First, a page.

All patients have been clinically evaluated before and after treatment with different clinical outcome scales: McGill pain questionnaire (MG) [11], the Tampa scale (TSK) [12, 13], the fatigue severity scale (FSS) [14], the Oswestry disability index (ODI) [15], and the numerical rating scale (NRS) [16] for pain.

The McGill pain questionnaire is probably the most well-known and complete tool for the verbal assessment of pain. It provides a subjective measurement of pain intensity as well as clues on qualitative features of the chronic or acute pain experienced by the patients. Results broadly fall into 3 main classes: (1) sensory qualities (temporal, spatial, thermal, pressure, and other qualities); (2) affective qualities (tension, fear, and autonomic properties); and (3) intensity of pain. Descriptors are also subdivided into 20 subclasses and arranged in increasing order of pain intensity [11].

TSK is the most widely used questionnaire to assess pain and pain-related fear of movement in subjects with musculoskeletal complaints, and this has been translated into and validated in different languages including Italian [12]. Kinesiophobia is frequent and related to pain and fatigue in hEDS patients [11]. TSK is divided into two subscales: evaluating activity avoidance and harm, respectively. TSK is able to distinguish the fear of movement domain from other conceptual domains such as pain and functional alteration. The original version of the TSK-I questionnaire comprises 17 items to assess the subjective rating of kinesiophobia [12, 13]. FSS is a scale quantifying fatigue intensity, which has been used in different chronic conditions, such as multiple sclerosis and systemic lupus erythematosus, and shows high internal consistency and validity. FSS comprises 9 items with a 7-point response format that indicates the degree of agreement with each statement [14].

The ODI consists of ten questions pertaining to daily activities and covers the following: experiencing general pain, practicing self-care (e.g., washing and dressing), lifting objects, sitting, standing, walking, sleeping, travelling, engaging in sexual activity if applicable, and participating in social activities. The items are rated on 6-point scales scored in the range of 0–5, with higher scores indicating higher pain-associated disability [15].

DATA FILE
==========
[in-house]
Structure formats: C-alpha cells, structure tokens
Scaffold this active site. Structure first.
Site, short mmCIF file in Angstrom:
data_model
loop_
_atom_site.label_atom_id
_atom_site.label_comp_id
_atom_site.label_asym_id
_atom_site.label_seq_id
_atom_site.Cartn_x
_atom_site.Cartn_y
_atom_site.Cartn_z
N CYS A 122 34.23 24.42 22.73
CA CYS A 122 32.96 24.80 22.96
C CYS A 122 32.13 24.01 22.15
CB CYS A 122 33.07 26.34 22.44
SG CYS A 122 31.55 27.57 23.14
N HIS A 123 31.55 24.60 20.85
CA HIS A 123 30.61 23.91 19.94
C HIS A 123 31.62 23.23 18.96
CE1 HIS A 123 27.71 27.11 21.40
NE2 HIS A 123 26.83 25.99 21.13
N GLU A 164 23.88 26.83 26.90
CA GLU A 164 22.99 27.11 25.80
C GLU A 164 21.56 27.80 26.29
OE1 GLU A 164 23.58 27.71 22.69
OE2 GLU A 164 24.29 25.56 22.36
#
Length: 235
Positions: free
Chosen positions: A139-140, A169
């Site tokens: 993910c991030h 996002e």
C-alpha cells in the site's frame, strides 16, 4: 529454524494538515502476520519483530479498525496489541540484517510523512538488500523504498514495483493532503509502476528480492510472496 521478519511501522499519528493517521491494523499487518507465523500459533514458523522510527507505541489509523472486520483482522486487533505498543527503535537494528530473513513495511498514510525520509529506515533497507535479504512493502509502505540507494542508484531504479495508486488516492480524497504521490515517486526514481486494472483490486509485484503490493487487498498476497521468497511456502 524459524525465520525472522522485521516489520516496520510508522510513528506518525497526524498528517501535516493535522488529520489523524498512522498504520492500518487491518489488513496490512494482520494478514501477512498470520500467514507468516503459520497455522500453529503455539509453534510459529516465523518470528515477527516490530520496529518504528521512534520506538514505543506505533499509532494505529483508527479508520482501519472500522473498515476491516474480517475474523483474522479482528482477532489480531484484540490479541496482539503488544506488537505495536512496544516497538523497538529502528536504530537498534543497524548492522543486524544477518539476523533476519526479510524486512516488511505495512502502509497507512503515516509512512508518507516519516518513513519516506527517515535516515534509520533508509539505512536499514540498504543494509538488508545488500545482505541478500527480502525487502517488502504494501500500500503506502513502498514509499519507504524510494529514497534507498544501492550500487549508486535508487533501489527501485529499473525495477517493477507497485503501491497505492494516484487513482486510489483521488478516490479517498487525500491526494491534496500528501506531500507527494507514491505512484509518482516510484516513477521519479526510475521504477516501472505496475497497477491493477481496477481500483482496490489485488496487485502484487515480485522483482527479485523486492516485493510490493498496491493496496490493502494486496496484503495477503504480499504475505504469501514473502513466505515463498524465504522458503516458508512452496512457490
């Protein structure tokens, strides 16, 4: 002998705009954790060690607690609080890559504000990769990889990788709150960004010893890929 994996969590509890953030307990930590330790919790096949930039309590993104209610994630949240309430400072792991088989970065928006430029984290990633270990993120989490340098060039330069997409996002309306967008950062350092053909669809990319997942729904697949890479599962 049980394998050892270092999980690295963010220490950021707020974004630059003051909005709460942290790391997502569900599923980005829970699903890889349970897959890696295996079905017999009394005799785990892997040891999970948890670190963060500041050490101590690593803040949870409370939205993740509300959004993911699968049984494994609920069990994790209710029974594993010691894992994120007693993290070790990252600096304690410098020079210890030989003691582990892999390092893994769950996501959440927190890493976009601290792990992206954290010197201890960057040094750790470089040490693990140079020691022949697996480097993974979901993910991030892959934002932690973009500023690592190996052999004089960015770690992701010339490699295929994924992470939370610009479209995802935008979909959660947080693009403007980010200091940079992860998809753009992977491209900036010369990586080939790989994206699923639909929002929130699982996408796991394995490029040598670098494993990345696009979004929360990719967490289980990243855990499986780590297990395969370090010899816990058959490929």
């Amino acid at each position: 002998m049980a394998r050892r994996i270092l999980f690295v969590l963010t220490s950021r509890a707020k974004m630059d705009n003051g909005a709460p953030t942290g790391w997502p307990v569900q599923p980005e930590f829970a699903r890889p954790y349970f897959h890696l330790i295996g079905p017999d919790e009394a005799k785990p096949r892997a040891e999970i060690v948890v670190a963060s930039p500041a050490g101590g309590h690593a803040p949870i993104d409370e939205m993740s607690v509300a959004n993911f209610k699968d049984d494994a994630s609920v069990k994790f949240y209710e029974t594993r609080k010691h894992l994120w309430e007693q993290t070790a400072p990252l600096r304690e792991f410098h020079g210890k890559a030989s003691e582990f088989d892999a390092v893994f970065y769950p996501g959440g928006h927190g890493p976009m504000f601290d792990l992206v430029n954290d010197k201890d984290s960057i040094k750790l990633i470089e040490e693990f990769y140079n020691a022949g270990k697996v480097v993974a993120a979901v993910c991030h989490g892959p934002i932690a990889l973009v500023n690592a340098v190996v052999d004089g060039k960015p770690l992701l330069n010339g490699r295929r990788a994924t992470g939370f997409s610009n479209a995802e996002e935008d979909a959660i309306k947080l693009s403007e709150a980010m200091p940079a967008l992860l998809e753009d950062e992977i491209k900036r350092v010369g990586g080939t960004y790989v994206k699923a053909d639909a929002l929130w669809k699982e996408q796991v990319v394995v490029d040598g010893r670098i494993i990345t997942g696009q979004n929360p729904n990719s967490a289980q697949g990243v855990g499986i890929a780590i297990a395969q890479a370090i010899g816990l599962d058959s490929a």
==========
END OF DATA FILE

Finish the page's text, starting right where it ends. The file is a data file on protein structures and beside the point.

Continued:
NRS is a rapid-to-administrate 11-point numerical scale used to roughly measure any kind of pain with a score ranging from 0 (no pain) to 10 (acute pain) [16].

Moreover, the proportion of patients achieving a higher than a reduction of approximately two points of the NRS pain scores from baseline as minimal clinically important difference (MCID) has been calculated [17], in association with a percentage of patients with a reduction of 10 points percentage in ODI scale as MCID [18].

2.5. Statistical Analysis

Statistical analysis was conducted with the SPSS software package for Windows, version 19.0. The statistical analysis of the continuous variables was conducted calculating median and range (min–max), because these variables were not normally distributed. In order to evaluate the functional scales adopted, we used the Wilcoxon test for paired samples. The significance level was set at .

3. Results

3.1. Patients’ Descriptive Data

Eighteen patients (4 males and 14 females, mean age 21 years, min 13, max 55) have been recruited for this study. All the patients have followed the complete period of treatment except for two that have missed one day appointment for personal reasons. All patients referred no changes in daily activities.

3.2. Outcomes

Results of the functional scales before and after rehabilitative treatment are illustrated in Table 1.